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  • Led by a team from Oxford Population Health (the Nuffield Department of Population Health) in collaboration with the Department of Economics, the Leverhulme Centre for Demographic Science, and the Centre for Experimental Social Sciences at the University of Oxford, and the Centre for Health Economics at the University of York. 

  • The Oxford research unit will transform the understanding of demand for health and social care, using individual-level data to analyse how health evolves and interacts with families’ socioeconomic lives and environment. 

  • A seven-year programme of research starting in 2023.

Demand for health and social care in the UK continues to grow year-on-year. However, our understanding of this demand is limited to static models and aggregate trends, which restrict effective policy planning and action. 

The Oxford research unit, funded through the Health Foundation’s REAL Centre and led by a team at the University of Oxford, will look to transform understanding of demand for health and social care by analysing the determinants that drive it: demographics, technological change, public expectations and income growth.  

The unit’s research will address three themes. The first will identify the determinants and long-running drivers of demand for health and social care, and how these evolve over time. This includes the changing patterns of disease and disease burden, demographic factors, income growth and distribution, and the impact of technological changes.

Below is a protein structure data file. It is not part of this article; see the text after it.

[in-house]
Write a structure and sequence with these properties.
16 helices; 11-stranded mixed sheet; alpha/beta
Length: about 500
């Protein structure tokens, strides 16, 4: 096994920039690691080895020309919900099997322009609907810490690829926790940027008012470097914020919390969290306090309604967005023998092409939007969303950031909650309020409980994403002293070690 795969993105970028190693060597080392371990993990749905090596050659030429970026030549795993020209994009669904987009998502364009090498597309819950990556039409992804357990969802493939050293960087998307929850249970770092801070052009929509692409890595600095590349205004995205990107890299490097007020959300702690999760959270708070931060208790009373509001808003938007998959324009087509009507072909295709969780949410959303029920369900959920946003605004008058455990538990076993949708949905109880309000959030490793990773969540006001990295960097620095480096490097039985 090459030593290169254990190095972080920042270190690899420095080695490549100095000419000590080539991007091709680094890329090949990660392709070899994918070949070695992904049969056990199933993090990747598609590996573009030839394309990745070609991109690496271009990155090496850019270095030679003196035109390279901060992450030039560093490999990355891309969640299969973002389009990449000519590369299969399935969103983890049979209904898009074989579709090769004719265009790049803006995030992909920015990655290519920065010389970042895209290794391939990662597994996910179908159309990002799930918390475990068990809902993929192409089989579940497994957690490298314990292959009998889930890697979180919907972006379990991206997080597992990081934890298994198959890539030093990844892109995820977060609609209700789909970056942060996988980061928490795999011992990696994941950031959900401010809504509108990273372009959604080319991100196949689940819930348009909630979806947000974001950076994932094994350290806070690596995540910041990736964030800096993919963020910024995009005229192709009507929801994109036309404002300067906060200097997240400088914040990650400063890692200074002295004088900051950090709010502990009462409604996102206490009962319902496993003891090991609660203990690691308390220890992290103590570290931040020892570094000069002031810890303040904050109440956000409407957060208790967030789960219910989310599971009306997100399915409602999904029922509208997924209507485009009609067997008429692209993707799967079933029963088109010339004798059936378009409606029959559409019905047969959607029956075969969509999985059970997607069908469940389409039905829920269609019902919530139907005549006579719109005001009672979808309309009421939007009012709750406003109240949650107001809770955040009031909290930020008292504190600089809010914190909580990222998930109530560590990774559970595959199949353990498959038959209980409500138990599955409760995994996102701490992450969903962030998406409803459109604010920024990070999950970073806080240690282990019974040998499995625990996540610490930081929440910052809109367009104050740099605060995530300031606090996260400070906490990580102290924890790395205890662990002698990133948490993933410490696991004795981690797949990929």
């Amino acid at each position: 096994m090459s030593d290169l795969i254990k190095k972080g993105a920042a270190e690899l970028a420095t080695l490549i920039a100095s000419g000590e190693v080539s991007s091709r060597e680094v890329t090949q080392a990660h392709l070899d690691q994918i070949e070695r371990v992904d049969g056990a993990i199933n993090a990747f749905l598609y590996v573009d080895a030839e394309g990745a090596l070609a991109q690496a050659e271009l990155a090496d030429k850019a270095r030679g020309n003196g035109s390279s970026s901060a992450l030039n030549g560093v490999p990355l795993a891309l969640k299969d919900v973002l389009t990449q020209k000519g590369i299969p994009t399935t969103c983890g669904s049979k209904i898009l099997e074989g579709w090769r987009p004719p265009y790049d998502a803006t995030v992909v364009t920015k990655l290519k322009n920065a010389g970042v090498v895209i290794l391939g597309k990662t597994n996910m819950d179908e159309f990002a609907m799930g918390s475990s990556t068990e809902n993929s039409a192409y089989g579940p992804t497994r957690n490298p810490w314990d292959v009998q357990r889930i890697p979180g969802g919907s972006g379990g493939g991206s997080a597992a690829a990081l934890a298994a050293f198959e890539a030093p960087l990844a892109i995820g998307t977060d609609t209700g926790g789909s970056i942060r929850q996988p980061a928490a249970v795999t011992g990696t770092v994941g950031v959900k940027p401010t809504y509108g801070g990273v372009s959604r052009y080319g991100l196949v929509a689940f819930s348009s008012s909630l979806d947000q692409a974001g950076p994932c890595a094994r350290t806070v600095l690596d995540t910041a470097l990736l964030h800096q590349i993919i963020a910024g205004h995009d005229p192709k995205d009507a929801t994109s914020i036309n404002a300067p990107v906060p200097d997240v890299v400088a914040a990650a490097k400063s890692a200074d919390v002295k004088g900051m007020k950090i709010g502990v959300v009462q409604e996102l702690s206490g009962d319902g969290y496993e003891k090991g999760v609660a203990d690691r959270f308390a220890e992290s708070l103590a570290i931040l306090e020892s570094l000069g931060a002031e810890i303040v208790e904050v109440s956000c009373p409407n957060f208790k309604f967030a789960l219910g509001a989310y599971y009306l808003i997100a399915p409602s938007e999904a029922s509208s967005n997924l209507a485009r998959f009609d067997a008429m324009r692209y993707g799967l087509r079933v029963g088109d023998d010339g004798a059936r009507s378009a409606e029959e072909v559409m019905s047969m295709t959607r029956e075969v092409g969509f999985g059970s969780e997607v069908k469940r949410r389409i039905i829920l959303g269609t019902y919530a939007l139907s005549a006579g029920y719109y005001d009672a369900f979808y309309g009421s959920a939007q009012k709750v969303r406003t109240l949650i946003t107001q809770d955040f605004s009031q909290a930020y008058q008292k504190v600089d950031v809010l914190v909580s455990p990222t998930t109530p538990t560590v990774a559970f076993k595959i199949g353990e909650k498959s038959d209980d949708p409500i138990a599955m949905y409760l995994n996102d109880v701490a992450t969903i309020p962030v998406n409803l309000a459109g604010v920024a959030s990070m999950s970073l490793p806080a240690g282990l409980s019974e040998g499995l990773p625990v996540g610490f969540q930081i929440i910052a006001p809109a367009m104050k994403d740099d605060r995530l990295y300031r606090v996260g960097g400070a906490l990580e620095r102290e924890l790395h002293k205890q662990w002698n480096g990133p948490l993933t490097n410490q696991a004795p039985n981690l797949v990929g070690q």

The second theme is the sustainability and distribution of demand for health and social care. The unit will disaggregate need, use and treatment gaps by geographical area, and identify demand that is amenable to policy changes. 

The third theme is the economics of demand and mechanisms for dealing with uncertainty through social insurance. The unit will look at aggregate (for example the COVID-19 pandemic) and individual (for example work-limiting health conditions) health shocks. 

Dedicated research staff will be deployed to the unit, and it will benefit from a wide range of expertise from research partners, with engagement with stakeholders at each stage to understand the context and barriers to policy change. 

Contact details

For more information about this project, please contact Professor Philip Clarke, Director of the Health Economics Research Centre.

About the programme

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